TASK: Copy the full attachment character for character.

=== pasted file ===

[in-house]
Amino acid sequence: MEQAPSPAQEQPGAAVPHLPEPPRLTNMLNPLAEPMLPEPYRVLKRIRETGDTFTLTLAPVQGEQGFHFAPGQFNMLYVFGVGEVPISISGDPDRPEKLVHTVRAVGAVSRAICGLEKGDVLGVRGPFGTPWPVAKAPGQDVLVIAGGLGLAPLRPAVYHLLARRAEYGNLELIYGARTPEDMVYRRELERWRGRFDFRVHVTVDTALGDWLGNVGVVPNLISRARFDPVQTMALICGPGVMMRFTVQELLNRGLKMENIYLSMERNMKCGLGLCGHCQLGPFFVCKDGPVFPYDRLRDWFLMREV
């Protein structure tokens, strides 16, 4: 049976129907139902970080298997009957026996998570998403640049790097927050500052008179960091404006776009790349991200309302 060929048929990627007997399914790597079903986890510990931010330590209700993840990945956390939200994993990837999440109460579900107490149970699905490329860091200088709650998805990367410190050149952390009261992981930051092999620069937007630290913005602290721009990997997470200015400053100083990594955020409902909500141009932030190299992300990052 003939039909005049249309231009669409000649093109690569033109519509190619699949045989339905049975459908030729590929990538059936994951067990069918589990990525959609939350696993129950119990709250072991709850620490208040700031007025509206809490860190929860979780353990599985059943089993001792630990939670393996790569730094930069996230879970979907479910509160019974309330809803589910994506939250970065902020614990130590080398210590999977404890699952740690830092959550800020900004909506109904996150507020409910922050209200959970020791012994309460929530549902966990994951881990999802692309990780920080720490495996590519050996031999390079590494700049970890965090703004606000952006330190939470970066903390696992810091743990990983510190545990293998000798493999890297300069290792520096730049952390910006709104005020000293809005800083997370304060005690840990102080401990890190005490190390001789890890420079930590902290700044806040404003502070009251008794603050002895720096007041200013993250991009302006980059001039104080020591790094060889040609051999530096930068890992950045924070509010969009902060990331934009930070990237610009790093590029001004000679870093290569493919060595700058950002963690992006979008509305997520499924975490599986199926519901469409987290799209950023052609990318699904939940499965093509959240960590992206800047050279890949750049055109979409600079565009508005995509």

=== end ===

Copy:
[in-house]
Amino acid sequence: MEQAPSPAQEQPGAAVPHLPEPPRLTNMLNPLAEPMLPEPYRVLKRIRETGDTFTLTLAPVQGEQGFHFAPGQFNMLYVFGVGEVPISISGDPDRPEKLVHTVRAVGAVSRAICGLEKGDVLGVRGPFGTPWPVAKAPGQDVLVIAGGLGLAPLRPAVYHLLARRAEYGNLELIYGARTPEDMVYRRELERWRGRFDFRVHVTVDTALGDWLGNVGVVPNLISRARFDPVQTMALICGPGVMMRFTVQELLNRGLKMENIYLSMERNMKCGLGLCGHCQLGPFFVCKDGPVFPYDRLRDWFLMREV
């Protein structure tokens, strides 16, 4: 049976129907139902970080298997009957026996998570998403640049790097927050500052008179960091404006776009790349991200309302 060929048929990627007997399914790597079903986890510990931010330590209700993840990945956390939200994993990837999440109460579900107490149970699905490329860091200088709650998805990367410190050149952390009261992981930051092999620069937007630290913005602290721009990997997470200015400053100083990594955020409902909500141009932030190299992300990052 003939039909005049249309231009669409000649093109690569033109519509190619699949045989339905049975459908030729590929990538059936994951067990069918589990990525959609939350696993129950119990709250072991709850620490208040700031007025509206809490860190929860979780353990599985059943089993001792630990939670393996790569730094930069996230879970979907479910509160019974309330809803589910994506939250970065902020614990130590080398210590999977404890699952740690830092959550800020900004909506109904996150507020409910922050209200959970020791012994309460929530549902966990994951881990999802692309990780920080720490495996590519050996031999390079590494700049970890965090703004606000952006330190939470970066903390696992810091743990990983510190545990293998000798493999890297300069290792520096730049952390910006709104005020000293809005800083997370304060005690840990102080401990890190005490190390001789890890420079930590902290700044806040404003502070009251008794603050002895720096007041200013993250991009302006980059001039104080020591790094060889040609051999530096930068890992950045924070509010969009902060990331934009930070990237610009790093590029001004000679870093290569493919060595700058950002963690992006979008509305997520499924975490599986199926519901469409987290799209950023052609990318699904939940499965093509959240960590992206800047050279890949750049055109979409600079565009508005995509």